Future

Proposal 1
  • formed with the the auxiliary verb for to will / to shall and the infinitive
  • example: ik vil lope / ik skal lope
  • advantage: very common in (all?) Germanic language
  • disadvantage: implicite, therefore likely to collide with the form it is based on
  • references: wor02:2, sko03:5, cha07, par11:19
Proposal 2
  • formed with the verb for to become and the active participle
  • example: ik verd lopend (i will run; literally i become running)
  • advantage: explicite and doesn't collide with existing forms
  • disadvantage: after having tested it on some people, it seems like it's not intuitively understandable
Proposal 3
  • formed with the verb for to come and/or to go and the infinitive (maybe with the preposition “to”/“til” inbetween)
  • example: ik kom lope / ik go lope
  • advantage: quite intuitively understandable and barely collides with other forms
  • (dis)advantage: semi-implicite

Modus

Imperative

Proposal 1

Volative

Non-second-person imperatives need to be considered, especially the first-person plural. The obvious solution is a let-like auxiliary, which could in principle be used for all persons and numbers. Example: lat os spisa (let us eat).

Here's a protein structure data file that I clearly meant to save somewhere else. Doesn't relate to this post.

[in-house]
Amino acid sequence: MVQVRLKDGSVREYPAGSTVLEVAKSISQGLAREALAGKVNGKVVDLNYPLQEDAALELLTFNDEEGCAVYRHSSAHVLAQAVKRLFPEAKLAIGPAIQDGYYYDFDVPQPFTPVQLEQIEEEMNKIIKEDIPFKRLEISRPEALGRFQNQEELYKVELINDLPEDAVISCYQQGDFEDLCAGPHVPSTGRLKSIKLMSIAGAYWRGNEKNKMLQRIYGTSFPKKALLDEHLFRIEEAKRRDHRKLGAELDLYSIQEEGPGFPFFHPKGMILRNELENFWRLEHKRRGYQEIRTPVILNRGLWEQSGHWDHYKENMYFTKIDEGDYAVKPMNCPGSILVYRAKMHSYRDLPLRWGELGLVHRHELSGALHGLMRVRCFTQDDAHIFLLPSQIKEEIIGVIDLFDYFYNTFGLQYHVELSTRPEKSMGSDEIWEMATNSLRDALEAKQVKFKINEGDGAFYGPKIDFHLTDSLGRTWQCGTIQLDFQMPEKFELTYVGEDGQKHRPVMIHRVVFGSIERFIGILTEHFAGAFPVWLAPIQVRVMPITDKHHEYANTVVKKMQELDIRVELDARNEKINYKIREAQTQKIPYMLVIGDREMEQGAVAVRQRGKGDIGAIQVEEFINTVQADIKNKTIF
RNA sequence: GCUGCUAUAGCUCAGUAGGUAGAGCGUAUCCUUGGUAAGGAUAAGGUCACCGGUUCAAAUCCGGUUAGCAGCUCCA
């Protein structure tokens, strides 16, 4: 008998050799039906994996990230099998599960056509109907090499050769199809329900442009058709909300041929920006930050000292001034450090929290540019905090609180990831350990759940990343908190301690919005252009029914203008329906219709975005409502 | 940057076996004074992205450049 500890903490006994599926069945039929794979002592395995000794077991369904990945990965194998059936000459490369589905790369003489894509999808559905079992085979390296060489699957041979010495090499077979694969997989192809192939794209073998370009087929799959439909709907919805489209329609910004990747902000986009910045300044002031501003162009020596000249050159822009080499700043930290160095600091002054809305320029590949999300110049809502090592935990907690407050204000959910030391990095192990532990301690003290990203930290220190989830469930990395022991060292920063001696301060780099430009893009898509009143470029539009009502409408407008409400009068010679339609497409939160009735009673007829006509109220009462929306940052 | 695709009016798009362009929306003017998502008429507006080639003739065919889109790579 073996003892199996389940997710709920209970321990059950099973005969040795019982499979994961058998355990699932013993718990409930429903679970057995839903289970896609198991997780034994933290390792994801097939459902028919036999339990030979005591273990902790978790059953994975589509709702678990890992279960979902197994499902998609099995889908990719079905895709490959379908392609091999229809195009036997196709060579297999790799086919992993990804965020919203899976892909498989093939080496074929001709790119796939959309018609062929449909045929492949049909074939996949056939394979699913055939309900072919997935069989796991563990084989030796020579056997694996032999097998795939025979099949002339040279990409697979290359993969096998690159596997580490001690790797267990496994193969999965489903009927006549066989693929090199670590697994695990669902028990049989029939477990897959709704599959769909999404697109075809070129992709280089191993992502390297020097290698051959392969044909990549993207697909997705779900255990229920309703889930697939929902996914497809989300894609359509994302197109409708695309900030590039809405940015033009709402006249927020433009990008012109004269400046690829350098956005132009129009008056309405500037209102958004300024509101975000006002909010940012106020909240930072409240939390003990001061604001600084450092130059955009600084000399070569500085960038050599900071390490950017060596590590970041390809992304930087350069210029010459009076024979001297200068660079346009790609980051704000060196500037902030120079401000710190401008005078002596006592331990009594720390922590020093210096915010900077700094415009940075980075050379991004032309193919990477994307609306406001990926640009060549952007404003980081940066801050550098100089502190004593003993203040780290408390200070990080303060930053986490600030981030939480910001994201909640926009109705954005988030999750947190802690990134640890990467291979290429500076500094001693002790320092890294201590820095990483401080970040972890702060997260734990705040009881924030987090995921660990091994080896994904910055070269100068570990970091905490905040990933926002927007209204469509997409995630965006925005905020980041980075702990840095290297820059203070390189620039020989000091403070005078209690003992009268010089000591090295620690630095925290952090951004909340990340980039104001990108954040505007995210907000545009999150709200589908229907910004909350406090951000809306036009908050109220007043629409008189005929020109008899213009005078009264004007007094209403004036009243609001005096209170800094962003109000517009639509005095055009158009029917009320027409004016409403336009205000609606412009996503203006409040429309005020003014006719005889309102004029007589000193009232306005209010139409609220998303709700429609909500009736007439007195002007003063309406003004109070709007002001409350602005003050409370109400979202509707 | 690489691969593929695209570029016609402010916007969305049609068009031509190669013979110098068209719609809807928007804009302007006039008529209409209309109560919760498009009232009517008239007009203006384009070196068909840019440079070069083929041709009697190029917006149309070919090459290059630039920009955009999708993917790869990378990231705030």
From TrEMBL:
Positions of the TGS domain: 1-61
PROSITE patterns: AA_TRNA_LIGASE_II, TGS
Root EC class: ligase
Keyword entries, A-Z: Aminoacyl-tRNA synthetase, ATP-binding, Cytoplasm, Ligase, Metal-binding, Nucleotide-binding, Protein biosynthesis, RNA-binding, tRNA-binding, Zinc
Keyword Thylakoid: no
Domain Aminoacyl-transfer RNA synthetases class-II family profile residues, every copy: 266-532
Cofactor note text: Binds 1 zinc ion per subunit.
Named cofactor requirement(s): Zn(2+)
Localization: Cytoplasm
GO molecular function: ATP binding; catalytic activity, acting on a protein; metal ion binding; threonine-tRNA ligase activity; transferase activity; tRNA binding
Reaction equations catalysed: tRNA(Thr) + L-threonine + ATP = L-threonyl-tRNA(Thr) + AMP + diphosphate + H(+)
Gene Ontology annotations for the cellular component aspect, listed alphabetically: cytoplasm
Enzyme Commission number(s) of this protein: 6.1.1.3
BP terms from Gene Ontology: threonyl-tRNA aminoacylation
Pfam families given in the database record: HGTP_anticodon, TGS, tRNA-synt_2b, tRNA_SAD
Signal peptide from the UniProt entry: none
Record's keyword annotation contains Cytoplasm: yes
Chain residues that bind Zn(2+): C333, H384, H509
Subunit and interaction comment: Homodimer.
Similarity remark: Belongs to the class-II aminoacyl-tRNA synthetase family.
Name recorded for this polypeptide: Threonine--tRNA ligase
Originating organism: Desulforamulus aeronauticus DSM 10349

Subjunctive

Proposal 1
  • no explicit form for subjunctive
  • use Tempus-shift instead
  • references: sko03:6, par06:13
Proposal 2
  • flect the the auxiliary verb for to shall and let it follow the infinitive of the full verb
  • references: cha07

Persona and Numerus

(No proposals i've seen so far have conjugation for personae and numeri)

Inchoative and Causative Verbs and the Middle Voice

We should consider the issues of inchoative (becoming) versus causative (making) verbs, and very similarly, the middle voice. If you know Esperanto, this corresponds to igxi and igi. The big question is: do we copy (mostly) the natlangs and just use the same verb-forms, or do we make the distinction?

I think it's dodgy to use adjectives directly as verbs. The provisional causative suffix is -en, so an example causative-verb phrase is: ik troken de plat (I'm drying the plate). For the inchoative version, the options are:

  • simply use that, i.e. de plat troken
  • use an inchoative suffix
  • use a reflexive pronoun, i.e. de plat troken sig
  • use the verb “become”, i.e. de plat verd trok

Regarding the middle voice, this relates to verbs in general. An example verb is “burn” and an example phrase is “the coal is burning”, which can be interpreted as reflexive or causative. For this, and the unambiguous example of “we're burning the coal”, the simple scenario of not making a distinction yields these translations: de kol bren (ambiguous) and vi bren de kol. How should we handle these verbs?

Additional remarks

  • mostly it is proposed to make all verbs regular, except for the one for to be
conjugation.txt · Last modified: 2018/08/27 11:42 by ob